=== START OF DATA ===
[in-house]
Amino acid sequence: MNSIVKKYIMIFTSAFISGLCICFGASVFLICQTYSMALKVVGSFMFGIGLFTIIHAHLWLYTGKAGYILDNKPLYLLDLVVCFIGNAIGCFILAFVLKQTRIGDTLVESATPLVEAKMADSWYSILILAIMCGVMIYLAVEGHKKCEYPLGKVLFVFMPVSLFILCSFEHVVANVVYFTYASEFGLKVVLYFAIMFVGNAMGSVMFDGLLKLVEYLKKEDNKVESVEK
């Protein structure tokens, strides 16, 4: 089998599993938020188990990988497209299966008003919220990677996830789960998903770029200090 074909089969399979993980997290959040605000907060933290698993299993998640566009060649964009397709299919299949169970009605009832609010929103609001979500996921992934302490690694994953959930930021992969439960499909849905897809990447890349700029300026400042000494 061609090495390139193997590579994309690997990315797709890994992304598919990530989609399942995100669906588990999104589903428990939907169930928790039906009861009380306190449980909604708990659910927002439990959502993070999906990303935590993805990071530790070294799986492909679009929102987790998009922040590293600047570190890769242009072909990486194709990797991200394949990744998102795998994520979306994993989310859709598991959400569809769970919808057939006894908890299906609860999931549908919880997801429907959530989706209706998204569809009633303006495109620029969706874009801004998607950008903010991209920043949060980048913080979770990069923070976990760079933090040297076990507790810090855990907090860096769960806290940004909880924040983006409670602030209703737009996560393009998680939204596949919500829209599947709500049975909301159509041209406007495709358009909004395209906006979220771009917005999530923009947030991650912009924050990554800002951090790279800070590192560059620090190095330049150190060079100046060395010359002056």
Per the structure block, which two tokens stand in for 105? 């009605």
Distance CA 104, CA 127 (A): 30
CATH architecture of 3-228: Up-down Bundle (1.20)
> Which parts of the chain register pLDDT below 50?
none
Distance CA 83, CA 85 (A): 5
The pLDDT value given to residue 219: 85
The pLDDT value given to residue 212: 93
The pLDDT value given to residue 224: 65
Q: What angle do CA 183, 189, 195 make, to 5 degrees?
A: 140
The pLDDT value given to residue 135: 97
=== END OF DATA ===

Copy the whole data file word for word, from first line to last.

[in-house]
Amino acid sequence: MNSIVKKYIMIFTSAFISGLCICFGASVFLICQTYSMALKVVGSFMFGIGLFTIIHAHLWLYTGKAGYILDNKPLYLLDLVVCFIGNAIGCFILAFVLKQTRIGDTLVESATPLVEAKMADSWYSILILAIMCGVMIYLAVEGHKKCEYPLGKVLFVFMPVSLFILCSFEHVVANVVYFTYASEFGLKVVLYFAIMFVGNAMGSVMFDGLLKLVEYLKKEDNKVESVEK
């Protein structure tokens, strides 16, 4: 089998599993938020188990990988497209299966008003919220990677996830789960998903770029200090 074909089969399979993980997290959040605000907060933290698993299993998640566009060649964009397709299919299949169970009605009832609010929103609001979500996921992934302490690694994953959930930021992969439960499909849905897809990447890349700029300026400042000494 061609090495390139193997590579994309690997990315797709890994992304598919990530989609399942995100669906588990999104589903428990939907169930928790039906009861009380306190449980909604708990659910927002439990959502993070999906990303935590993805990071530790070294799986492909679009929102987790998009922040590293600047570190890769242009072909990486194709990797991200394949990744998102795998994520979306994993989310859709598991959400569809769970919808057939006894908890299906609860999931549908919880997801429907959530989706209706998204569809009633303006495109620029969706874009801004998607950008903010991209920043949060980048913080979770990069923070976990760079933090040297076990507790810090855990907090860096769960806290940004909880924040983006409670602030209703737009996560393009998680939204596949919500829209599947709500049975909301159509041209406007495709358009909004395209906006979220771009917005999530923009947030991650912009924050990554800002951090790279800070590192560059620090190095330049150190060079100046060395010359002056």
Per the structure block, which two tokens stand in for 105? 């009605």
Distance CA 104, CA 127 (A): 30
CATH architecture of 3-228: Up-down Bundle (1.20)
> Which parts of the chain register pLDDT below 50?
none
Distance CA 83, CA 85 (A): 5
The pLDDT value given to residue 219: 85
The pLDDT value given to residue 212: 93
The pLDDT value given to residue 224: 65
Q: What angle do CA 183, 189, 195 make, to 5 degrees?
A: 140
The pLDDT value given to residue 135: 97